It was in the summer of 2004 that I read a book on the Myers-Briggs Type Indicator in connection with work. In that book, I very strongly identified with the INFP type (Introverted iNtuitive Feeling Perceiving). I had never before found anything external (to myself) like the INFP description, which connected so deeply to my innermost feelings and revealed to me the true self deep inside me, and that it is real and authentic, and even valued by some people in the world, and the world of work.
In the summer of 2004 I was in a problematic predicament, a difficult situation and state. My mental and psychological problems within myself, which I tried to deal with on my own without outside help, had reached a critical state. My external life was not growing, as I had difficulty looking for work or even wanting to. I was on a quest to find my true self and to purify it, to connect with God and to free myself from the pain within.
Being myself has been complex and complicated. Part, or possibly most, of it has to do with me being an INFP male.
Within my heart, I long for wholeness, connection, love, peace, and deep friendship. But I grew up with a disconnect between myself and others as a result of a childhood experience of loss, which I never communicated to anyone until I was over 20 years of age. I just didn’t think anyone could relate, and I wasn’t always sure that the experience had been real.
My full story was a long story. For now I’ll just refer to parts that come to my mind as I write about being an INFP male.
INFP… what does that mean? My primary mode is “introverted feeling”. So when I’m looking at someone else, I’m feeling emotions or thoughts inside that have to do with what I’m guessing the other person is feeling. When I was young, this was like a very vivid and uncontrolled dream. I would feel physical sensations as if I were in a dream, but I was awake. I would feel emotions but they weren’t based on my experience. Instead, they were a reflection of what I saw others doing. If I saw someone fall and scrape a knee, I would almost feel pain on my own knee in the same place. If I saw someone treating another person badly, I would feel sadness and emotional pain for the person receiving the bad treatment. This was all automatic and on by default since I was a young child. This was my default way of perceiving others around me: emotional connection, or empathy. So as an INFP male child, I was immersed in a world of automatic empathy, with little ability to filter it.
As I grew older, I learned that not everyone experiences the world this way. Not everyone is empathic. Some people are thick skinned and much less sensitive. They are not bothered by things that bother me deeply; they just don’t care. I learned to understand intellectually that they are different and they don’t care the way I do. I learned to adjust to being around people like that, and to keep boundaries around myself to protect myself from negative emotions and interactions I don’t want. I no longer feel like I have to help others just because they are experiencing a time of need, or a negative emotion. I’ve learned that those feelings that I feel when I see others’ pain and emotion are not my own feelings. They are not about me, and I can disregard them when I choose to.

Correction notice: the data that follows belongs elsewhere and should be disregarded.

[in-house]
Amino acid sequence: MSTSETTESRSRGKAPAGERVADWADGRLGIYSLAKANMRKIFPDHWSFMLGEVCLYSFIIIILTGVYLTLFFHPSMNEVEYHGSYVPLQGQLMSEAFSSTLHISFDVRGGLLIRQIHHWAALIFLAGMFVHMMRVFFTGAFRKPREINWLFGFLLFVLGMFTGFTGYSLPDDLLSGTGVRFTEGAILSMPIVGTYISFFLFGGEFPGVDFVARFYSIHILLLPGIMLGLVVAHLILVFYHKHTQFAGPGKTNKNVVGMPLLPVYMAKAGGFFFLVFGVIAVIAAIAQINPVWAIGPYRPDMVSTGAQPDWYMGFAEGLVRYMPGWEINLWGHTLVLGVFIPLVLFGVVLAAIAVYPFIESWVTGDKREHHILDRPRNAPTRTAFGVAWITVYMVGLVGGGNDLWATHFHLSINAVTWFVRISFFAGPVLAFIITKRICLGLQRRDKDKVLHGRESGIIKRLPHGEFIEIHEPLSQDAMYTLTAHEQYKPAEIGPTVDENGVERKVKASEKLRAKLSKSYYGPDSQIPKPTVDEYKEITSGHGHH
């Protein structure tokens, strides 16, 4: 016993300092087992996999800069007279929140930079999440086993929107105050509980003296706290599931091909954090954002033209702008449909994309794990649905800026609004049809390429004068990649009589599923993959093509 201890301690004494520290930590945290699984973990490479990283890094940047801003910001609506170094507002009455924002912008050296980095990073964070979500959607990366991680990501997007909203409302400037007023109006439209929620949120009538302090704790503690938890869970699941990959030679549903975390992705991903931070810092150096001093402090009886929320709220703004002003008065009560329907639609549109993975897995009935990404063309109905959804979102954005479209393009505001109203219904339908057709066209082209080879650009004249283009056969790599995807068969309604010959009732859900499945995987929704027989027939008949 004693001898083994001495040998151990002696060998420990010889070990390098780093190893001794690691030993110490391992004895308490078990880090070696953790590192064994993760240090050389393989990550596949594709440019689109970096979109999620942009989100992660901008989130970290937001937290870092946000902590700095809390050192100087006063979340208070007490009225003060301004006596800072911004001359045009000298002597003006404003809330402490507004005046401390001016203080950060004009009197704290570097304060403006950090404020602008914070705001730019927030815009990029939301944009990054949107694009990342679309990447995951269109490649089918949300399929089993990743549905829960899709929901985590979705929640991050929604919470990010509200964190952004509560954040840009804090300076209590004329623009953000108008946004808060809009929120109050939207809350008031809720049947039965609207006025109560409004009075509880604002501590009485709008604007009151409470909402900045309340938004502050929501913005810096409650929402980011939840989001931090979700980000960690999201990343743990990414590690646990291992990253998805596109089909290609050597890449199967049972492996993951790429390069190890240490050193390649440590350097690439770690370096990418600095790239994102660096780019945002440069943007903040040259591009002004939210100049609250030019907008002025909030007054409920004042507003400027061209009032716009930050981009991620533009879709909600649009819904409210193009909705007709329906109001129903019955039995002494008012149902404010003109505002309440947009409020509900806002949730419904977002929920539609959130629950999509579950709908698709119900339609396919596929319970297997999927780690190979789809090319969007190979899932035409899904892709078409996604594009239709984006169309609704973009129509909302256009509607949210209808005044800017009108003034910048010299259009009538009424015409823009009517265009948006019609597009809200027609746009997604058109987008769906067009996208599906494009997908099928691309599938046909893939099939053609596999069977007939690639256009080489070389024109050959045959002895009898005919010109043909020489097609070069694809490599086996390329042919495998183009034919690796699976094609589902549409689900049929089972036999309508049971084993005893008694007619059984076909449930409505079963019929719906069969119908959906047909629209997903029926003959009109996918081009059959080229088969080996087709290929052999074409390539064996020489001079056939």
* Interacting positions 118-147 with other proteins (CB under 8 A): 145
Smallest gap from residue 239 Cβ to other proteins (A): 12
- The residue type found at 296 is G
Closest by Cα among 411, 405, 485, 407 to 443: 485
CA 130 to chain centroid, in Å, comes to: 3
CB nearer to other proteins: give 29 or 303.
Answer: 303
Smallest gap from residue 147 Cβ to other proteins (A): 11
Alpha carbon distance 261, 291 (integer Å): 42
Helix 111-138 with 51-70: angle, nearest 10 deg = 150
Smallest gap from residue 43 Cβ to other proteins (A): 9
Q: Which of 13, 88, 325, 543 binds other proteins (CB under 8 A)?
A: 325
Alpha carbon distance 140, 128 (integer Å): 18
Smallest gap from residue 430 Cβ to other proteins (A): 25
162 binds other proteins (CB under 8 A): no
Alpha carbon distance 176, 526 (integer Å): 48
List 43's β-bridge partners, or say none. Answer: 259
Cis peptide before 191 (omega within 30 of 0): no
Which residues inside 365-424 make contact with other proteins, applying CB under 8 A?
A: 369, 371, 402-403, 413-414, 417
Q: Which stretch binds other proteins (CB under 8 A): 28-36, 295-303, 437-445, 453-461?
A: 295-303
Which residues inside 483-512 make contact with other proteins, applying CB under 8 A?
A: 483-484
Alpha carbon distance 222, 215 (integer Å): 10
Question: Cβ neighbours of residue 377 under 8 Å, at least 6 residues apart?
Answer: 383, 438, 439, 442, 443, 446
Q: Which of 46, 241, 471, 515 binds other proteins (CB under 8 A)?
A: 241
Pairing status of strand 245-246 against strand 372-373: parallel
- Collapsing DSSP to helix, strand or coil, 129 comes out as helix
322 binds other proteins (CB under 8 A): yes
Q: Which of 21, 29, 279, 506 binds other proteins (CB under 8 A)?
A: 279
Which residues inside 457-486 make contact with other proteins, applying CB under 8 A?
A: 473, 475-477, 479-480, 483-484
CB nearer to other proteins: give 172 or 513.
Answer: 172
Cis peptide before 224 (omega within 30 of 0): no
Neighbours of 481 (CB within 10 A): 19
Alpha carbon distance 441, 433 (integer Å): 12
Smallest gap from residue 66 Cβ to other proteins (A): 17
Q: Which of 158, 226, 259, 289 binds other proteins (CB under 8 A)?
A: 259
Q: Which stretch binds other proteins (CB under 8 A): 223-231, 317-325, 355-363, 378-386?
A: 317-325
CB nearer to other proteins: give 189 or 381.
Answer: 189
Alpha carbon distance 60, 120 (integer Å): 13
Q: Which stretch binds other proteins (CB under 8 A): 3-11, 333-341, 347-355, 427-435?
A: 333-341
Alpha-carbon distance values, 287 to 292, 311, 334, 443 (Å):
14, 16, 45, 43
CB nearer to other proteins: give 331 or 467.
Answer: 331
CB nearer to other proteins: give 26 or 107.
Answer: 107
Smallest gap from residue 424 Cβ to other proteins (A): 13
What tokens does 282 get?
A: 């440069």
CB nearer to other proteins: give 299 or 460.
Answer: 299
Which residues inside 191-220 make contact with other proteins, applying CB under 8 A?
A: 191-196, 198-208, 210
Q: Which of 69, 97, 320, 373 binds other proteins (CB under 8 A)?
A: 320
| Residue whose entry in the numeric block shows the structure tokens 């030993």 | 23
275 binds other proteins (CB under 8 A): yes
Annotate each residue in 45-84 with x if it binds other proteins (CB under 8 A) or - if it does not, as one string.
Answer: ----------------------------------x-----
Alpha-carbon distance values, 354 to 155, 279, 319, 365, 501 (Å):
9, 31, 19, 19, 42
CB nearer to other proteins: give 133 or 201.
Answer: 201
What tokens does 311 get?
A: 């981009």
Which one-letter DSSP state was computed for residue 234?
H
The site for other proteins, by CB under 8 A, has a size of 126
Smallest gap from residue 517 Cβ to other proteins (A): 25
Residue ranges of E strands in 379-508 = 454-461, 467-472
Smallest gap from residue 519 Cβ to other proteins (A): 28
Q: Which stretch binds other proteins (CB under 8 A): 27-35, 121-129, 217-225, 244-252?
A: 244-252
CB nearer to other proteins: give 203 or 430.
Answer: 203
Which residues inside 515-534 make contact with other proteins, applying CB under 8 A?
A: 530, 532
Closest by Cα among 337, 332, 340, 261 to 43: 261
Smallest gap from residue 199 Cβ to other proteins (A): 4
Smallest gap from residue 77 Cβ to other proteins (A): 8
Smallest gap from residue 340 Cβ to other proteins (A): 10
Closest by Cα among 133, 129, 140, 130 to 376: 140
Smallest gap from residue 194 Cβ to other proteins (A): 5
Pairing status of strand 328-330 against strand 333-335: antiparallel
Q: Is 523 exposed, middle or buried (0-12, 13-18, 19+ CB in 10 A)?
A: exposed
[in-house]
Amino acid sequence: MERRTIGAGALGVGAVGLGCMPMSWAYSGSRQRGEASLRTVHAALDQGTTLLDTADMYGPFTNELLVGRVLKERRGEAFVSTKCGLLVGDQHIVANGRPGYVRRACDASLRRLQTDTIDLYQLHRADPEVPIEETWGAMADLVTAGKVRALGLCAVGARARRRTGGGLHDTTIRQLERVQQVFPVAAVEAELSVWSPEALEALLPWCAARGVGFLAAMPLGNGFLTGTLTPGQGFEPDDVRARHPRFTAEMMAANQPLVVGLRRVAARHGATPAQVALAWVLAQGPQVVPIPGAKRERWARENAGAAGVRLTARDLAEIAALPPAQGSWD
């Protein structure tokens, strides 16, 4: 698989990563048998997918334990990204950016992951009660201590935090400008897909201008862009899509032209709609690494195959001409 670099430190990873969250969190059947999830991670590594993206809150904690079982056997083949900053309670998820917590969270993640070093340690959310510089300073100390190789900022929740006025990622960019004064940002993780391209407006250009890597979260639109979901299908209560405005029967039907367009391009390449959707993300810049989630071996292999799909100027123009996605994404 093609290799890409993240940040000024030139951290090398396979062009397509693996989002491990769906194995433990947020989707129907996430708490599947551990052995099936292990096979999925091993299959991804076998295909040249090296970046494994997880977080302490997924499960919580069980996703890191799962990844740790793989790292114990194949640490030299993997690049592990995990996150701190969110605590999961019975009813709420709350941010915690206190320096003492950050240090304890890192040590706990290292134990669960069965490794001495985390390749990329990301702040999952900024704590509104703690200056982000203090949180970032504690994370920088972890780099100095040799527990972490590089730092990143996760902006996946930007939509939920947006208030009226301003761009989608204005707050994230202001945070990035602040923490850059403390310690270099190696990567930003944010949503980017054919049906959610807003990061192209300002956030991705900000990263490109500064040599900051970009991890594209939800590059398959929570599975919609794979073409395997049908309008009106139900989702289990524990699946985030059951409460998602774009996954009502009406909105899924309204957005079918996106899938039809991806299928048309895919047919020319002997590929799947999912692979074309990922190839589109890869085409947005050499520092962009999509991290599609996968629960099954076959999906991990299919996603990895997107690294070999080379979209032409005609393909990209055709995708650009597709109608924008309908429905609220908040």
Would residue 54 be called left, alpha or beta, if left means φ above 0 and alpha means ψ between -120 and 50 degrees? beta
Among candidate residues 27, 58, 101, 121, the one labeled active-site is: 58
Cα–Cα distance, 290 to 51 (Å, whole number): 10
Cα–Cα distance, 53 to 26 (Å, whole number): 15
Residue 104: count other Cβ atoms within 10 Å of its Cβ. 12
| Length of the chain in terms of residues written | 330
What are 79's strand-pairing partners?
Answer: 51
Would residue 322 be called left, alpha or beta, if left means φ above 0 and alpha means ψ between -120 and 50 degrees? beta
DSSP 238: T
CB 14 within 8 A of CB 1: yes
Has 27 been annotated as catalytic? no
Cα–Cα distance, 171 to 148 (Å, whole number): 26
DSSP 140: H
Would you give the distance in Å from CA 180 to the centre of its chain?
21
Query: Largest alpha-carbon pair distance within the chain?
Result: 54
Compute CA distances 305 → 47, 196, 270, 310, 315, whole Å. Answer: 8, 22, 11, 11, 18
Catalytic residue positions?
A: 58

What does it mean to me, to be an INFP male? It means that though I care deeply about people and am very sensitive, I live in a world where guys and men are not supposed to cry or show much emotion. It’s fairly natural for me to hide my emotions around those who I’m not close to. As an INFP male, there have been few people I really feel connected to. And when I’m out and about, I feel the feelings inside me and don’t show them on my face. When I do show my emotions on my face, they really show and people pick up on them. When I’m out and about, I don’t want to have the confusing interactions that often result from me showing my emotions, so I keep them to myself, and when I see others having an emotional response to me, I normally disregard it, ignore it, and move on. It’s difficult because I don’t always understand what others are doing/thinking socially, but I usually have an emotional response and much of the time it’s way too personal to show. So I’m an emotional person walking around with a stone face, unexpressive and rarely talking. I see a lot, I feel a lot, and I keep it to myself. This applies to when I’m out at stores or at coffee shops, as well as when I’m out at work. Only at home do I feel like I can open up a bit. So a lot goes on inside, but not much gets expressed, and I don’t feel connected at a deep level. Rather, I’m connected on a surface level in terms of doing my work and getting paid. It’s not all bad and I’ve learned that this approach works for me. Meawhile, I keep returning to the deep feelings inside me, which rejuvenate me.
There’s more in my thought about being an INFP male, but I’ll write more later because this post is lengthy. I would welcome responses from anyone with thoughts on this, especially INFPs and others interested in the MBTI.